- Chair: Austin S. Lin, technical program manager—cloud data centers, Google, Mountain View, CA.
- Chair-elect (through the ASQ Nominating Committee): Janet Raddatz, former vice president of quality and food safety systems (retired 2018), Sargento Foods, Plymouth, WI.
- Chair-elect (through petition): Dan Burrows, director of quality and reliability, Oceanside, CA.
- Treasurer (through the ASQ Nominating Committee): Steven Schuelka, associate professor/adjunct professor, California State University/Ivy Tech Community College, Crown Point, IN.
- Treasurer (through petition): Don Brecken, director of quality and safety, Commercial Tool Group, Comstock Park, MI; adjunct instructor, Ferris State University, Grand Rapids, MI; third-party quality management system lead auditor, Intertek Inc., Kentwood, MI; owner/consulting business improvement auditor, Quality Consulting Services LLC, Caledonia, MI.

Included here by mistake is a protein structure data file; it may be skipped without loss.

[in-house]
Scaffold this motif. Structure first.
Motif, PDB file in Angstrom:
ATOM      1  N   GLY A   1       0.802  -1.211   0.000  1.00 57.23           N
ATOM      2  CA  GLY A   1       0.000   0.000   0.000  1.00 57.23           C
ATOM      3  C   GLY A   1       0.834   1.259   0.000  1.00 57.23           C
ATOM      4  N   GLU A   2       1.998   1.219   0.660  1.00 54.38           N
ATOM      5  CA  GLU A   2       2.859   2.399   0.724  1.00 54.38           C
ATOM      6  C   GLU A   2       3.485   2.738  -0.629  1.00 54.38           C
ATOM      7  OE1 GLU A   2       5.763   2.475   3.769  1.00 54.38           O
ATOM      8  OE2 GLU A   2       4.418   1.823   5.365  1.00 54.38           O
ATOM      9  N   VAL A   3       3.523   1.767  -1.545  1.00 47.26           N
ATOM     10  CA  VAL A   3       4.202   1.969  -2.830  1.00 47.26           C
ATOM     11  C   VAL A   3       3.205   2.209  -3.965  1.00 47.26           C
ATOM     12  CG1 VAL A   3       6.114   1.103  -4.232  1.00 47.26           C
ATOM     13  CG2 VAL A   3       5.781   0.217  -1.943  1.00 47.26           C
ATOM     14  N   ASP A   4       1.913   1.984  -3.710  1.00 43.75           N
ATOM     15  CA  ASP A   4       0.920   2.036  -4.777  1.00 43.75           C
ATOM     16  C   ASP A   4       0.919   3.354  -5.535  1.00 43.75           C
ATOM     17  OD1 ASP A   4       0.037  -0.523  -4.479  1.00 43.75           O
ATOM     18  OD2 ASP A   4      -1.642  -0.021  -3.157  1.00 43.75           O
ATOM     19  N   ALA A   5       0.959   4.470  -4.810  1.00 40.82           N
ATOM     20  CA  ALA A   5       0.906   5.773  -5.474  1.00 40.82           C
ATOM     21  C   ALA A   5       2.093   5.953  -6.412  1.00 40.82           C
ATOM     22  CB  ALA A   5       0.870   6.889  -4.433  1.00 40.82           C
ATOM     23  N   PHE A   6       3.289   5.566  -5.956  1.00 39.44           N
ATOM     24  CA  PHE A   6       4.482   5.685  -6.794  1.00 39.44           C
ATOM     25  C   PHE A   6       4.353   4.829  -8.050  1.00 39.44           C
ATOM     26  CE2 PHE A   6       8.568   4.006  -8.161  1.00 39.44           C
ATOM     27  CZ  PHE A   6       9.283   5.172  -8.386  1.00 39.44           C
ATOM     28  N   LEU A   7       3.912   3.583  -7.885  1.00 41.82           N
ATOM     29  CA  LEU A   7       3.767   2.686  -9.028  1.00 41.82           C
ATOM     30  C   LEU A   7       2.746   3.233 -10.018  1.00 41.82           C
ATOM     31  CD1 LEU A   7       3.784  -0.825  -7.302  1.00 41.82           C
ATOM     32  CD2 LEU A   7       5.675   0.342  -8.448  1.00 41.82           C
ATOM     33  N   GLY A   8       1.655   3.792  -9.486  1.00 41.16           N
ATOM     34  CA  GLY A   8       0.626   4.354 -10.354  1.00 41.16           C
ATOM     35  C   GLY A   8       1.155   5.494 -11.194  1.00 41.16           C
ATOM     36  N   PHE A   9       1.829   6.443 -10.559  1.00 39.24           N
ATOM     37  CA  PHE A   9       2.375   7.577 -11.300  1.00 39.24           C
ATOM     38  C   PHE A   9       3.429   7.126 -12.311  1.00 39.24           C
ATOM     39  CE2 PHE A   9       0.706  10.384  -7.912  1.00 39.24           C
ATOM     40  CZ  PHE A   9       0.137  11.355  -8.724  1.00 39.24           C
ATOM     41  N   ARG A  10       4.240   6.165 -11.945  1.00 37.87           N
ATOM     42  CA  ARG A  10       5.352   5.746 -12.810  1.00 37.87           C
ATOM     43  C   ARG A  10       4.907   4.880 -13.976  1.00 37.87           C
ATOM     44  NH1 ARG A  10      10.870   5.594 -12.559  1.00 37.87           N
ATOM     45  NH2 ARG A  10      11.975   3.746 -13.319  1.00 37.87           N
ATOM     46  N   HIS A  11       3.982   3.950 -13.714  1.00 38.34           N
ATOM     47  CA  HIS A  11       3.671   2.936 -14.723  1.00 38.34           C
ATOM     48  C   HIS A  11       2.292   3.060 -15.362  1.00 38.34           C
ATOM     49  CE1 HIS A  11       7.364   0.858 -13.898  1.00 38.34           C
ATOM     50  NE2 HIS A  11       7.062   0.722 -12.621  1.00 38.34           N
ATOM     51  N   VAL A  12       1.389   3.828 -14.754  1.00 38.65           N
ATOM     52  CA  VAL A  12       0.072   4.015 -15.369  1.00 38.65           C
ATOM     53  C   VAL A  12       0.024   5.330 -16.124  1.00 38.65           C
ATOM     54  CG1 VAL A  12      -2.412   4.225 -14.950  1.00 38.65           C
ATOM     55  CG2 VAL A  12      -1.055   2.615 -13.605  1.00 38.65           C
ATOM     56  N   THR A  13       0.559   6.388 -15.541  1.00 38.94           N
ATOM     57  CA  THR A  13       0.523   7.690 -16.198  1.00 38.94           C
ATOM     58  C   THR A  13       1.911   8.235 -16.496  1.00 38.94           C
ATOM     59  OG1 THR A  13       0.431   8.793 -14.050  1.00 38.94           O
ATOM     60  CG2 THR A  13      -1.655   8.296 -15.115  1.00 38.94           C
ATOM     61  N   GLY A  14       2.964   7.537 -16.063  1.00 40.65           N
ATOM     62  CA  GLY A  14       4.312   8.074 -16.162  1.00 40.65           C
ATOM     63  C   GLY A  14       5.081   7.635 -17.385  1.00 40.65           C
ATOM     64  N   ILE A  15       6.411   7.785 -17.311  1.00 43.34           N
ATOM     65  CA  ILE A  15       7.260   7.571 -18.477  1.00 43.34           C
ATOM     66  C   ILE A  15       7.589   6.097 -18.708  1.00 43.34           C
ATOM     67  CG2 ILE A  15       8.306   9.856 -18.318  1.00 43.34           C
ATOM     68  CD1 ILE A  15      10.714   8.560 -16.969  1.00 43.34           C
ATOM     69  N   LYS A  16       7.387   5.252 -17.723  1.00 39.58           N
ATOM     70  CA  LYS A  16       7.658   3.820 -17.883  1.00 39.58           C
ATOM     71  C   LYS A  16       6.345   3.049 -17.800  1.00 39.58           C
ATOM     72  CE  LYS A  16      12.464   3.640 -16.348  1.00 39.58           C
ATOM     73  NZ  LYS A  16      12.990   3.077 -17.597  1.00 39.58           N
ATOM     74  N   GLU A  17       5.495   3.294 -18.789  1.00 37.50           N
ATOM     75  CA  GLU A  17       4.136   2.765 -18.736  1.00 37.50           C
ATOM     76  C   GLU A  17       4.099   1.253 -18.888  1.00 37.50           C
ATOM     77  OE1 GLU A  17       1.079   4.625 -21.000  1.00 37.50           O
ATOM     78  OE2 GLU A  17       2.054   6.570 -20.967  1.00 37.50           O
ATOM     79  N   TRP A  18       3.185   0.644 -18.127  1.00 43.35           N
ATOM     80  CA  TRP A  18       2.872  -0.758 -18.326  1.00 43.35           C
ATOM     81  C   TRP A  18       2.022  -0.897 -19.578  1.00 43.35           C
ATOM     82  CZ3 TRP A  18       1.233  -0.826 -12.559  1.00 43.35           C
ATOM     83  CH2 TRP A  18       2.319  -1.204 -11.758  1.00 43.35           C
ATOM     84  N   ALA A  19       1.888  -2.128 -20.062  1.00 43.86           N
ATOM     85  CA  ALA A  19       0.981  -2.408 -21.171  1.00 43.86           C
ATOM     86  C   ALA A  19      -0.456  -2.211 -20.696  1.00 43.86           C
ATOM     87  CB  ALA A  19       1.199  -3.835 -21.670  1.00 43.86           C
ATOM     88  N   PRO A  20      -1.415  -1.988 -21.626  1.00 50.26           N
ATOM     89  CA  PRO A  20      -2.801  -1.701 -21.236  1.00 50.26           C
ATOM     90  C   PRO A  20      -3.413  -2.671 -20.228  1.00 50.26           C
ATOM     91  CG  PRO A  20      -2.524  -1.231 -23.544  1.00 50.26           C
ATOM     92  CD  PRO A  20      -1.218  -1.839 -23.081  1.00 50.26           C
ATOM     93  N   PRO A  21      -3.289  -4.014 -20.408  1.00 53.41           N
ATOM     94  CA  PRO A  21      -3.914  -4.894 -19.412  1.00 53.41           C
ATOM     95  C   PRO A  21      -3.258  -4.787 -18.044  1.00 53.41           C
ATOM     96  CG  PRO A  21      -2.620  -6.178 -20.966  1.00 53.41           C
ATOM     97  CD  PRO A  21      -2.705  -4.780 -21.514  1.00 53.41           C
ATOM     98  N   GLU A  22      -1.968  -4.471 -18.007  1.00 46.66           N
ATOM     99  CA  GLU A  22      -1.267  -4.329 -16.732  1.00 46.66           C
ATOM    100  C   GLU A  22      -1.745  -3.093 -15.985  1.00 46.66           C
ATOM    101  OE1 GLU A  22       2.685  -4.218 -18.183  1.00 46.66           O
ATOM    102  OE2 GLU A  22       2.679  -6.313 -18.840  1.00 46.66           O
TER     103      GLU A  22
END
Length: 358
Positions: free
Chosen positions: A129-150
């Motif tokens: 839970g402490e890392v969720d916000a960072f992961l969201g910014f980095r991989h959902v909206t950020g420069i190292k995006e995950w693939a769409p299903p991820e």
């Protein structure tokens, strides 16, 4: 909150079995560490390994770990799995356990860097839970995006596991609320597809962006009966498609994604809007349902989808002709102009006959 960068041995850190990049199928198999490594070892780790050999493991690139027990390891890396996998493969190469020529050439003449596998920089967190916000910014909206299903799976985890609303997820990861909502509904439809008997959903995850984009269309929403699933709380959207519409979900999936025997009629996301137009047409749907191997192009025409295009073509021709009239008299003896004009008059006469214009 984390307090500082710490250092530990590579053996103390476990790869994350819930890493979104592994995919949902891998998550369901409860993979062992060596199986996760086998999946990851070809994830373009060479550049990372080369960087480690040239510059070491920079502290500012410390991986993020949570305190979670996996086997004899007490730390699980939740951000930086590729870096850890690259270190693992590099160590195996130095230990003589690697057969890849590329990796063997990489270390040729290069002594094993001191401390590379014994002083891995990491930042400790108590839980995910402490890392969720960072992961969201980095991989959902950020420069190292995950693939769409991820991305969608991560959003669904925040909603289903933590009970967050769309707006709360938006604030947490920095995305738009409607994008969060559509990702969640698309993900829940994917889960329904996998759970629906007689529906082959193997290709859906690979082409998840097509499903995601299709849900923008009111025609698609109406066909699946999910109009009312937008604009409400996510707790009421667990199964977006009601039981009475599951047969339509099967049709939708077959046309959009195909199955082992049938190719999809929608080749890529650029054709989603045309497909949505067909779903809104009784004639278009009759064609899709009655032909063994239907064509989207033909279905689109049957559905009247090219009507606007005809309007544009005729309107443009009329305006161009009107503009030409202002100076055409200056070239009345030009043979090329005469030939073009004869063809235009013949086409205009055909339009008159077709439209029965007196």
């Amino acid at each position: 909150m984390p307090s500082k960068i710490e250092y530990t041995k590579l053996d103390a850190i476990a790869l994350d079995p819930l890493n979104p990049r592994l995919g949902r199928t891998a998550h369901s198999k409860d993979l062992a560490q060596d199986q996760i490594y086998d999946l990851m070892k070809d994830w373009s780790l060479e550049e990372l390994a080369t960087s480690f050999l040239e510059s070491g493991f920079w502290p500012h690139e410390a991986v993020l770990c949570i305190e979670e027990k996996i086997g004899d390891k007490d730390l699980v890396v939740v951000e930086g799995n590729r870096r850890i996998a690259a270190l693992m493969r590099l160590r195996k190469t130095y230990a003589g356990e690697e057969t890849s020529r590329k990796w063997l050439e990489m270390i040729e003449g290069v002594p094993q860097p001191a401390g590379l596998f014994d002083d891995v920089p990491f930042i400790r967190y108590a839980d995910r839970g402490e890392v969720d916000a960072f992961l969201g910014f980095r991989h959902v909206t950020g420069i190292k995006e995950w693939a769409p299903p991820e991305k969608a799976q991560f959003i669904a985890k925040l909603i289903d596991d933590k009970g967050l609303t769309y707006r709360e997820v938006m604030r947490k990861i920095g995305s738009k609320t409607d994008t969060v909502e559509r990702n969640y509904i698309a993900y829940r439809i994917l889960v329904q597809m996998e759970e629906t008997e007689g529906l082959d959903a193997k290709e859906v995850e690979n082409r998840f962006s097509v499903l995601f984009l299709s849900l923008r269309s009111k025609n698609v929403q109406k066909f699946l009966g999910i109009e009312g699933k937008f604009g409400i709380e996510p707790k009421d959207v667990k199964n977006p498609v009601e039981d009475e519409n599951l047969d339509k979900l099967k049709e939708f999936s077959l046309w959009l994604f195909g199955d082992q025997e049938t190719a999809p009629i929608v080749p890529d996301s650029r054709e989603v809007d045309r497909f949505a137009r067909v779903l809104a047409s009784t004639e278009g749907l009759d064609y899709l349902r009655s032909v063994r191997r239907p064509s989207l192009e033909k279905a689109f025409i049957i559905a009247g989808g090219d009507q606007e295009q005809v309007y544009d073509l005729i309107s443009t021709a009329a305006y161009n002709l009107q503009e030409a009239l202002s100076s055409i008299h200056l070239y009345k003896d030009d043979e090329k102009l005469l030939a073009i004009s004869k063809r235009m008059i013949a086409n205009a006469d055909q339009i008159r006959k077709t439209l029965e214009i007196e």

- Director at large (through the ASQ Nominating Committee): Glenn Walters, self-employed/small business development network, Santa Fe Community College, Rio Rancho, NM.
- Director at large (through the ASQ Nominating Committee): Linda Andrade Gonzalez, quality and organizational excellence manager, KSR Internacional, Saltillo, Coahuila, Mexico.
- Director at large (through petition): Trevor Craney, associate director of statistics, Collins Aerospace, Windsor Locks, CT.
Election rules do not allow candidates to campaign or have others campaign for them, but proxies and position statements for each candidate running for a contested office will be sent to all regular members by March 15. The deadline to submit votes is April 19.